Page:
Background: Theranostic oncology combines therapy and diagnosis and is a new field
of medicine that specifically targets the disease by using targeted molecules to destroy the cancerous
cells without damaging the surrounding healthy tissues.
Objective: We aimed to develop a tool that exploits enzymatic TQ release from glucuronide (G)
for the imaging and treatment of lung cancer. We added magnetic nanoparticles (MNP) to enable
magnetic hyperthermia and MRI, as well as 131I to enable SPECT imaging and radionuclide therapy.
Methods: A glucuronide derivative of thymoquinone (TQG) was enzymatically synthesized and
conjugated with the synthesized MNP and then radioiodinated with 131I. New Zealand white rabbits
were used in SPECT and MRI studies, while tumor modeling studies were performed on 6–7-
week-old nude mice utilized with bioluminescence imaging.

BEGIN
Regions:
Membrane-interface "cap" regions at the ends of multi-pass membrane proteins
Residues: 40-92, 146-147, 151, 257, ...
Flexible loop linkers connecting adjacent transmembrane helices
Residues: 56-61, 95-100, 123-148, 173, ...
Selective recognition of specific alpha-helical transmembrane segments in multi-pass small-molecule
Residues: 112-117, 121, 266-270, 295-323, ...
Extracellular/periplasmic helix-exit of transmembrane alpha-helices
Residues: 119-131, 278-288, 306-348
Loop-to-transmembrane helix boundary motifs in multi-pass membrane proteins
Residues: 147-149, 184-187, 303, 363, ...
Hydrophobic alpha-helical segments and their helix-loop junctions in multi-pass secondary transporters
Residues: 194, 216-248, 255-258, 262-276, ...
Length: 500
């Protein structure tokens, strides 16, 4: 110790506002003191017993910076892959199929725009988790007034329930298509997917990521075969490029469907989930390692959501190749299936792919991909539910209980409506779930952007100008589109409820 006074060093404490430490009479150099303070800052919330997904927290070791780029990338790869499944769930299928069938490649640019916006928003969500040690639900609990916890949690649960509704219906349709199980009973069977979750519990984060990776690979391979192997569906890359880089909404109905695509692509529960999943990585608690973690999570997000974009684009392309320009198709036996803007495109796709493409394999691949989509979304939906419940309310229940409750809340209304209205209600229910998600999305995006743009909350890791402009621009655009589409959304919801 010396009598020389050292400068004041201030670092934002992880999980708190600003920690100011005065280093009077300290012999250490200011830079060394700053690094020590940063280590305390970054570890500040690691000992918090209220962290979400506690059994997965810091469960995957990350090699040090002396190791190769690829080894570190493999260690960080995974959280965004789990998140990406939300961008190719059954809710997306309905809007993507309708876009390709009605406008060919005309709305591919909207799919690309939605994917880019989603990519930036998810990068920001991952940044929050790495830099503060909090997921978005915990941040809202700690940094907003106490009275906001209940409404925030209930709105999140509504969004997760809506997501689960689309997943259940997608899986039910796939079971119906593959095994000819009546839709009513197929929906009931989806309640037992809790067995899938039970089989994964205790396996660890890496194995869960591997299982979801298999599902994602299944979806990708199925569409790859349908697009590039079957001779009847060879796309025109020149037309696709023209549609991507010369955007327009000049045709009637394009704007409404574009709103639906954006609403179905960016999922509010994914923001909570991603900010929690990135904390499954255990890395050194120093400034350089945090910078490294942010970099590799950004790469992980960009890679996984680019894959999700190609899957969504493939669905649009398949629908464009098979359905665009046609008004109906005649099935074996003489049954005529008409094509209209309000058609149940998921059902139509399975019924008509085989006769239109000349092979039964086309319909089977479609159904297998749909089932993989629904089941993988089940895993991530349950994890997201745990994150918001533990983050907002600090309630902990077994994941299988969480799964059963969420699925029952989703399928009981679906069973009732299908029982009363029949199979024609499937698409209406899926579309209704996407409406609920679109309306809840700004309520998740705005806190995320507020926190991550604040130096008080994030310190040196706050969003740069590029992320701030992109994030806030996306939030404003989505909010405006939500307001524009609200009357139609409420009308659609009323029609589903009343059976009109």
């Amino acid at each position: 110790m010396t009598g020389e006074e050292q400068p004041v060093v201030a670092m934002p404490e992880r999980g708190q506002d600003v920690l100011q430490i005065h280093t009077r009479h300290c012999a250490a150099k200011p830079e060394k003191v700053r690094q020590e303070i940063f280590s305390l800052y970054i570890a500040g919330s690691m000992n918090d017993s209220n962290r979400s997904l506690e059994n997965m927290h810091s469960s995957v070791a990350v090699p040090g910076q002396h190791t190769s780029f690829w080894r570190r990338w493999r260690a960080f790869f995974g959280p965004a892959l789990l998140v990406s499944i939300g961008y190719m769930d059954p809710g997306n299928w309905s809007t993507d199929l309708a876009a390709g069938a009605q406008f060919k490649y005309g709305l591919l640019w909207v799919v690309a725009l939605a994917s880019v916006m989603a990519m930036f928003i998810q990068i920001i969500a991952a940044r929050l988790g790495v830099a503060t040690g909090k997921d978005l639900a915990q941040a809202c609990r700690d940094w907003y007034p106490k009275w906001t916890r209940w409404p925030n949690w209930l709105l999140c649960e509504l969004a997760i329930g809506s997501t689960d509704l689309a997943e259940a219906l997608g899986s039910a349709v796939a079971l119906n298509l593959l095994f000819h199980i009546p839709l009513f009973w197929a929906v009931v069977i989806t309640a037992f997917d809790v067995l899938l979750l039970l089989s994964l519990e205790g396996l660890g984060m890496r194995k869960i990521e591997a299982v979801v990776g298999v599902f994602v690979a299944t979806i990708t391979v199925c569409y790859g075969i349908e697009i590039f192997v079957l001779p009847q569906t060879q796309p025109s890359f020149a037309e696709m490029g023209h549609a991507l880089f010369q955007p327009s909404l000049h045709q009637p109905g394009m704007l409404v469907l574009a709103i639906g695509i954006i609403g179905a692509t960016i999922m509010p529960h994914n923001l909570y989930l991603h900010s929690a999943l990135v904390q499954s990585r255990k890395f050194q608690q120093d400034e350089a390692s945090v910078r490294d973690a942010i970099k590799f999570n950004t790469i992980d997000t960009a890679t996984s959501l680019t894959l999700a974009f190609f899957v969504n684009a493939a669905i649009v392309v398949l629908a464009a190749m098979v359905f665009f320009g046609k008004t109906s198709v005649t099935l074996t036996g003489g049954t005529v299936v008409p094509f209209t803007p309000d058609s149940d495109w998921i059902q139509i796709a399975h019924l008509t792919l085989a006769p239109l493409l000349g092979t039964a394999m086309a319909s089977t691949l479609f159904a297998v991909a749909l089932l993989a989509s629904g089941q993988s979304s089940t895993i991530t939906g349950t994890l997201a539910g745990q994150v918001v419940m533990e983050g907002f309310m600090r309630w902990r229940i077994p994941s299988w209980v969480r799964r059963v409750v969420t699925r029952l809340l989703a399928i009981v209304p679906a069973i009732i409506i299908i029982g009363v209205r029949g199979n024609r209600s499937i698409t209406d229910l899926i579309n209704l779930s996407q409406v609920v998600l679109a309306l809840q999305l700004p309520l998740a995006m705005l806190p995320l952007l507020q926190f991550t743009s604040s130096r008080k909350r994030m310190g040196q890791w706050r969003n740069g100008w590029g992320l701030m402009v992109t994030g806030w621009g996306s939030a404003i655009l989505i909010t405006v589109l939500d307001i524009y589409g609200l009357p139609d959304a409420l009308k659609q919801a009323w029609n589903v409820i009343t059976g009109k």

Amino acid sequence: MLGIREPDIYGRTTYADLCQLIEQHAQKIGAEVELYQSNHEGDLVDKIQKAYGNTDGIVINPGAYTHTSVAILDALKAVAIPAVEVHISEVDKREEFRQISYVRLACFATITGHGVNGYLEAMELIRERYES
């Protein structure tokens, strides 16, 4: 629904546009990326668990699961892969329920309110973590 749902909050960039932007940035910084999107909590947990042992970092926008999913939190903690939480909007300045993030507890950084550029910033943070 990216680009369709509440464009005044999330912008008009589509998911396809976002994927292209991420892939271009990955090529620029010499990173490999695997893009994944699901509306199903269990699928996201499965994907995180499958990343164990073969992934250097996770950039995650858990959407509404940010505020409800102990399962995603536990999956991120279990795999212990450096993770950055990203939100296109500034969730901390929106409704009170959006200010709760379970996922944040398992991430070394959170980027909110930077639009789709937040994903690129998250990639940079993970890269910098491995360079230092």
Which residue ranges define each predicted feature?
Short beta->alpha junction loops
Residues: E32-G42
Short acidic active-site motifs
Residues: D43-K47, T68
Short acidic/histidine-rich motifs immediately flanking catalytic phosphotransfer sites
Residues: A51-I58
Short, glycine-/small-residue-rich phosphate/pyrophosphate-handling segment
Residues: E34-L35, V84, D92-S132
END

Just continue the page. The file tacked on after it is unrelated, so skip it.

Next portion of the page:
Results: Fourier-transform infrared spectroscopy (FTIR) and nuclear magnetic resonance (NMR)
spectra confirmed the expected structures of TQG. The dimensions of nanoparticles were below 10
nm and they had rather polyhedral shapes. Nanoparticles were radioiodinated with 131I with over
95% yield. In imaging studies, in xenograft models, tumor volume was significantly reduced in
TQGMNP-treated mice but not in non-treated mice. Among mice treated intravenously with
TQGMNP, xenograft tumor models disappeared after 10 and 15 days, respectively.
Conclusion: Our findings suggest that TQGMNP in solid, semi-solid and liquid formulations can
be developed using different radiolabeling nuclides for applications in multimodality imaging
(SPECT and MRI). By altering the characteristics of radionuclides, TQGMNP may ultimately be
used not only for diagnosis but also for the treatment of various cancers as an in vitro diagnostic kit
for the diagnosis of beta glucuronidase-rich cancers.